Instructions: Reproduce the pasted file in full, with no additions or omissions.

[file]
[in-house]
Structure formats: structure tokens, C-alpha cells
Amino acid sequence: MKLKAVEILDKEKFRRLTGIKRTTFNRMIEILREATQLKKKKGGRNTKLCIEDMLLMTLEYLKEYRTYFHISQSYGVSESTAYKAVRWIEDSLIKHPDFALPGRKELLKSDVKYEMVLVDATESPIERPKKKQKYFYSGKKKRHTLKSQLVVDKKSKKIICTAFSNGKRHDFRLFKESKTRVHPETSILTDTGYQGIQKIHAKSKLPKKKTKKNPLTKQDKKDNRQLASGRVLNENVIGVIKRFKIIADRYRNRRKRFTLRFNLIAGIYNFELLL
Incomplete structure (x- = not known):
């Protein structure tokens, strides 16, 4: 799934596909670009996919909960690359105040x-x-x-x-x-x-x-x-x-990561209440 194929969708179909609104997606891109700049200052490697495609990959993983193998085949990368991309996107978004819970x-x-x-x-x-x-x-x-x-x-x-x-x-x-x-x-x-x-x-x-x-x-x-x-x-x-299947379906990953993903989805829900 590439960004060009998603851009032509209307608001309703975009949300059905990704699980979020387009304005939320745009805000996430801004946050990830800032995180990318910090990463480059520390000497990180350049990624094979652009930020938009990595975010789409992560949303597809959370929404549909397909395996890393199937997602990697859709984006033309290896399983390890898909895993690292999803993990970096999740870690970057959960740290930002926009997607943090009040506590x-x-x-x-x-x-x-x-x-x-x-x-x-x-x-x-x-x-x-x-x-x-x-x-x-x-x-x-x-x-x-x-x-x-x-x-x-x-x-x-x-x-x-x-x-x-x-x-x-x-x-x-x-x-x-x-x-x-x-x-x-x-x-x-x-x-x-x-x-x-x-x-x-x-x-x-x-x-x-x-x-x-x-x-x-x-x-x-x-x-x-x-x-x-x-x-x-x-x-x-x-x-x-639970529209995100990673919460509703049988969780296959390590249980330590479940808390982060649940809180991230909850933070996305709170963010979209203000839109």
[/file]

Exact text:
[in-house]
Structure formats: structure tokens, C-alpha cells
Amino acid sequence: MKLKAVEILDKEKFRRLTGIKRTTFNRMIEILREATQLKKKKGGRNTKLCIEDMLLMTLEYLKEYRTYFHISQSYGVSESTAYKAVRWIEDSLIKHPDFALPGRKELLKSDVKYEMVLVDATESPIERPKKKQKYFYSGKKKRHTLKSQLVVDKKSKKIICTAFSNGKRHDFRLFKESKTRVHPETSILTDTGYQGIQKIHAKSKLPKKKTKKNPLTKQDKKDNRQLASGRVLNENVIGVIKRFKIIADRYRNRRKRFTLRFNLIAGIYNFELLL
Incomplete structure (x- = not known):
């Protein structure tokens, strides 16, 4: 799934596909670009996919909960690359105040x-x-x-x-x-x-x-x-x-990561209440 194929969708179909609104997606891109700049200052490697495609990959993983193998085949990368991309996107978004819970x-x-x-x-x-x-x-x-x-x-x-x-x-x-x-x-x-x-x-x-x-x-x-x-x-x-299947379906990953993903989805829900 590439960004060009998603851009032509209307608001309703975009949300059905990704699980979020387009304005939320745009805000996430801004946050990830800032995180990318910090990463480059520390000497990180350049990624094979652009930020938009990595975010789409992560949303597809959370929404549909397909395996890393199937997602990697859709984006033309290896399983390890898909895993690292999803993990970096999740870690970057959960740290930002926009997607943090009040506590x-x-x-x-x-x-x-x-x-x-x-x-x-x-x-x-x-x-x-x-x-x-x-x-x-x-x-x-x-x-x-x-x-x-x-x-x-x-x-x-x-x-x-x-x-x-x-x-x-x-x-x-x-x-x-x-x-x-x-x-x-x-x-x-x-x-x-x-x-x-x-x-x-x-x-x-x-x-x-x-x-x-x-x-x-x-x-x-x-x-x-x-x-x-x-x-x-x-x-x-x-x-x-639970529209995100990673919460509703049988969780296959390590249980330590479940808390982060649940809180991230909850933070996305709170963010979209203000839109």